It is one of nature’s marvelous displays. Similarly, we have learnt to implement our own “pouch” which is known as kangaroo mother care (KMC) or alternatively skin on skin contact. I am sure many of you have heard of those terms; phrases coined either by hospital staff, friends or colleagues. And yes, it’s as important as they say it is!
KMC is a technique that was introduced a very long time ago. As with any new technique, most were reluctant to attempt it or even think about attempting it. However, currently, most people are more open minded and involved in today’s world. So, what exactly is KMC?
KMC is a technique applied to assist in the development of your child, especially premature babies and low birth weight infants. However, that does not mean it can’t be utilised with our full term babies! Whilst in this position, it stimulates the physiological and biological components of the infant, and even better, the child feels secure and within a safe environment, being so close to the caregiver. Research on the technique has indicated many benefits for the child. These include, assisting in establishing the process of breastfeeding, better breathing because the babies breath regulates with yours as well as their heart rate, efficient growth and protection from infections. Additionally, it has many benefits for the new mom as well. It relieves stress, it allows them to feel closer to their child and it definitely empowers them.
But wait! The best thing about this, is that it is not just for the mothers. Yes dads, it is your time to shine. So many dads laugh at me when I suggest this, but those that actually try it out come back and tell me that they loved the bonding time! I know that many dads feel a bit out of the loop, because the mother is always the one taking charge, because let’s face it- they need us more often right. However, for the father, it provides an effective means for bonding- those paternal instincts will definitely be heightened. I am sure many of you would love that! KMC for the win!
So how might one go about doing KMC? It must be noted that KMC is not a once of thing, it is something that needs to be regularly carried out in order to reap the benefits of it.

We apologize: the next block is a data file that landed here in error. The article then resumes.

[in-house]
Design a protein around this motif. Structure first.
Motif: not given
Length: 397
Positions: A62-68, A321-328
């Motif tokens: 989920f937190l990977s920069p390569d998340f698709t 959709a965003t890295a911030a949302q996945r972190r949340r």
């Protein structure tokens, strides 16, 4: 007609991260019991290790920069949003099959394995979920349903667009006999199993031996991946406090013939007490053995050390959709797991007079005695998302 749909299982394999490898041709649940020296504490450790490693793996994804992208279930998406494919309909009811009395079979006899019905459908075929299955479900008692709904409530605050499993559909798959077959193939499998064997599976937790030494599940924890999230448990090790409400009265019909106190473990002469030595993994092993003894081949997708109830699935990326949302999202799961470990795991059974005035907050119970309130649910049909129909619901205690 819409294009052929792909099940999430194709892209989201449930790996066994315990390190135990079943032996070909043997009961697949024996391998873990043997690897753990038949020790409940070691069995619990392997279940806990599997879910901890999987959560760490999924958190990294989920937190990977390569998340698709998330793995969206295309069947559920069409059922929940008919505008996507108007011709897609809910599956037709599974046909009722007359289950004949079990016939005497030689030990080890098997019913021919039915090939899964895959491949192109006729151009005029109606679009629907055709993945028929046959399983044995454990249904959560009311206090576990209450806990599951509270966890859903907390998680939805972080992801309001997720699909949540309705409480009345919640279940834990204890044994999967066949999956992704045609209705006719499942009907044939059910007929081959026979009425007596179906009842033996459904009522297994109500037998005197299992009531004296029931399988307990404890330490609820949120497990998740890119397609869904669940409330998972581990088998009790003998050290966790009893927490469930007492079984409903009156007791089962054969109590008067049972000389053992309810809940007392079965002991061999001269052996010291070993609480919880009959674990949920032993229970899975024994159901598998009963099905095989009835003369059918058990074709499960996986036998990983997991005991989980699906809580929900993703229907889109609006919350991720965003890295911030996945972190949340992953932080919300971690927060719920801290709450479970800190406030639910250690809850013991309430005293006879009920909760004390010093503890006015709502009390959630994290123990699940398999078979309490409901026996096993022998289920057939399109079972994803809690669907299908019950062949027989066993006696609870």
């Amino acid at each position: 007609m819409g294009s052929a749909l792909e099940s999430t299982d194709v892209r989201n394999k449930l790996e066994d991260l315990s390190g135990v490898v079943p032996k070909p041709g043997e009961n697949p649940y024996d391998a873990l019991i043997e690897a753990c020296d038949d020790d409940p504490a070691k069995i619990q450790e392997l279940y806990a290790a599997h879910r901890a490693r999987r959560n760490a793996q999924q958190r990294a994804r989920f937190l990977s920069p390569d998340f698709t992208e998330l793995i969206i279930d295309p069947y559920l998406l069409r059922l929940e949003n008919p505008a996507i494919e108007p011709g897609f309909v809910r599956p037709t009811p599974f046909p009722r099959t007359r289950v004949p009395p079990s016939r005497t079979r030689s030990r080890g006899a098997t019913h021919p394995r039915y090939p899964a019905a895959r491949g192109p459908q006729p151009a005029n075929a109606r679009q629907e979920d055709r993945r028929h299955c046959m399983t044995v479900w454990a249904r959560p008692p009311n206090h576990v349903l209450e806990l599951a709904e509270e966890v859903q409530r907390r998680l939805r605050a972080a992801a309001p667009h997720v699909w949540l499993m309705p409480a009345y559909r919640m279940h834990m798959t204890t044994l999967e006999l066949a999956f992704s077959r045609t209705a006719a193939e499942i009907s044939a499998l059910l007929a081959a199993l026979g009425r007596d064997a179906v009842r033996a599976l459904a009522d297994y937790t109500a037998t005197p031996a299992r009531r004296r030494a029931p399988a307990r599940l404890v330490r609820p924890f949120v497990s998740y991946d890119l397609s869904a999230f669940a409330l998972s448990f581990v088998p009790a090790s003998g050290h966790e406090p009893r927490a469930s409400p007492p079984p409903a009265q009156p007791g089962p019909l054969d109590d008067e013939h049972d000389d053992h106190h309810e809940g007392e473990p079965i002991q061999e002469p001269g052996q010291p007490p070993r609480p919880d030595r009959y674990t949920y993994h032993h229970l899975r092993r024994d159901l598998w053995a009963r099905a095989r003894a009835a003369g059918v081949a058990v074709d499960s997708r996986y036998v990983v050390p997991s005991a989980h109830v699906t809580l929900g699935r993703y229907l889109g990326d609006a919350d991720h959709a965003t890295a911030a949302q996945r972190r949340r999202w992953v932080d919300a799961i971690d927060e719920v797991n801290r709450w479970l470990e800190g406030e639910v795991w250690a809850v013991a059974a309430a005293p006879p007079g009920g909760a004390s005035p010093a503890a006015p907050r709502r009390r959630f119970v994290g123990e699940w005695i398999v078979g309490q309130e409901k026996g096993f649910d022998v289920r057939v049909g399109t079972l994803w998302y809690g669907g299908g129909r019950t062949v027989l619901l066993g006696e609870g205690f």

To carry out the method of skin on skin contact, the baby is usually naked, and kept with their nappy and socks on in a hospital environment. At home, I keep my little cub completely naked against my chest and throw a blanket over us both. The baby should be kept upright, between the mother’s breasts or on the chest for the father. To keep in place, the infant is either wrapped in a blanket or shirt. And the best part is that it provides easy access for breast feeding, but not limited to breastfeeding moms!
My little cub is now 14 months and I still engage with him in this way when he will sit still. I find it very useful around the times when he has a fever. Just two weeks ago, he had an unexplained fever for 5 days which left him lethargic, hyperventilating and sweaty. This technique (with suppositories) helped him through those rough fever spikes.
If you’re around the house, I like the Noonoopie wrap to keep baby in position and allows a bit of coverup for you. It can be used way past 1 years old! Although, I would recommend 15-30 minutes of KMC uninterrupted and giving your baby your undivided attention. During this time, speak or read to your baby and make eye contact with them. Its also a lovely starter position for tummy time!
All in all, KMC is beneficial to the family. It may seem like something simple and inconsequential, but as a health care professional I have seen the remarkability of this technique. So many are too quick to reduce the simple things in life as inadequate or time consuming. At the end of the day, everyone wants what is best for their child and a bond for the rest of their lives, and KMC is one of the ways to get there.